A stop at the ship yard
A pad-eye for the code... Apart from being exciting, making a stop at the shipyard means having to make lots of decisions. Small and big. Not later, but now. The launching day seems to be coming up faster this year than ever before. Possibly because I am giving the boat I love so much, such a thorough makeover.
A pad-eye? Well, the sailmaker is preparing a Code One sail for greater boat speed, which means I need a solid something to attach it into. In front of the forestay. But there is not much room to play around with up there. And everybody who has attached things on a boat deck knows that some long arm has to be there underneath the deck with a wrench when it is time to get it to sit tight...
MORE THINGS GOING ON:
Janne, the stainless steel guru next door, is giving the new stainless frame bulkhead its final adjustments before polishing it up to its mirror finish. The former dark wooden bulkhead in teak had to go, giving room for this one that will give the inside an open atmosphere. The handles give us a good grab when crawling around in there in sturdy winds. That is something I have been missing since day one, 27 years ago.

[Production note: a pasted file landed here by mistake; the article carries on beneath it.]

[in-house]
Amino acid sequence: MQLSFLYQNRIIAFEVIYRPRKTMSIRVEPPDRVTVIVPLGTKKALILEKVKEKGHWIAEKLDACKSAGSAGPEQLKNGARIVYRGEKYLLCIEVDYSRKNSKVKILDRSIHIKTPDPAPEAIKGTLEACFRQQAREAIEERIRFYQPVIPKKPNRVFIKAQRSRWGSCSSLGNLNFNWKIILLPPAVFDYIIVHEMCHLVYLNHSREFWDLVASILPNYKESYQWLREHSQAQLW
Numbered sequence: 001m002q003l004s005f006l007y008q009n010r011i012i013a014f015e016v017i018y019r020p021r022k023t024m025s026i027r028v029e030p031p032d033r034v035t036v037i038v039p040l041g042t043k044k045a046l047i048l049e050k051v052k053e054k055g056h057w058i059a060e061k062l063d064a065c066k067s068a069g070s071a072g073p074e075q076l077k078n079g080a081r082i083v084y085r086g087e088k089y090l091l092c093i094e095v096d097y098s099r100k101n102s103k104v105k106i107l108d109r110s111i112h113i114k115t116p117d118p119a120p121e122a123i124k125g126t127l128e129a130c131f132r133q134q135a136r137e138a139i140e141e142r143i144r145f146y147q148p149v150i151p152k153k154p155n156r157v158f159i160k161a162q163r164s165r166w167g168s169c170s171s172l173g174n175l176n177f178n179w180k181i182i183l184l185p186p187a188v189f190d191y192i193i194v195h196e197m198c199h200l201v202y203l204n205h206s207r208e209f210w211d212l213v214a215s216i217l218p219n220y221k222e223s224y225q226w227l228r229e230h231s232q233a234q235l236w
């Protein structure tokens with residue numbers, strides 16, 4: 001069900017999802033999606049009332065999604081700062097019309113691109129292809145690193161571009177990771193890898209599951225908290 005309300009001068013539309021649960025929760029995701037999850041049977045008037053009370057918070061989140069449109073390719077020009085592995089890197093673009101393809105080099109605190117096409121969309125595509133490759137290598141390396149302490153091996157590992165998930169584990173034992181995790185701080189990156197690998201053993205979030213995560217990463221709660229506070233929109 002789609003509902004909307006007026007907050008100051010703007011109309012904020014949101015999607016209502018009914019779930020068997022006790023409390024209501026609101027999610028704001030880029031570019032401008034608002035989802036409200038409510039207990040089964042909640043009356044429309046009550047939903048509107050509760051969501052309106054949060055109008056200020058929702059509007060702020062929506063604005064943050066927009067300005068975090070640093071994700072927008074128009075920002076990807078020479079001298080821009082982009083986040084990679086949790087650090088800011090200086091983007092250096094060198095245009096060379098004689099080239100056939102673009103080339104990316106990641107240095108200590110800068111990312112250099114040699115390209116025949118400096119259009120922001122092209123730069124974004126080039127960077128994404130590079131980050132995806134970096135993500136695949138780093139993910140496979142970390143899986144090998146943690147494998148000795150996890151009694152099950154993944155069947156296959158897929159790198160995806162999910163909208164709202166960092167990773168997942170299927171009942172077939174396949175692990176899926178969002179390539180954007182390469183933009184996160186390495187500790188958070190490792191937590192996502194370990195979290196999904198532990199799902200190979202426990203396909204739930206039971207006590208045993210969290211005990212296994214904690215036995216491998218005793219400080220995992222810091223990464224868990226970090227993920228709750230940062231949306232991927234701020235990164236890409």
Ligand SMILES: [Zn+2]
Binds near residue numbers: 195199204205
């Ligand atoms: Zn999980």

Placing instruments in a cockpit with a tiller has always been a tricky issue. There is no natural place in the back where you can reach them, so you put them up front where it's hard to see them. Maybe not a problem if you're at the age of 23 with good eyes, but that was some years ago. So we made a hardboard draft version of a box solution by the main sheet rail. We will see how that works out.
The new electric pod drive will be attached with great precision right here. The shipyard guys sure know how to deal with curves and angles. See more images
Last but not least...the rudder on the Smaragd is sometimes just a little too shallow in heavy winds and with lots of sails up there catching it. So, we will test a solution with an endplate attached at the bottom of the rudder blade. According to the theory, it should make the water flow better and thereby give the rudder more "power" while healing. We hope it will work and look forward to seeing the results.
Is anyone out there with experience to share? We will of course be grateful for any advice. Here is the drafted principle and measurements: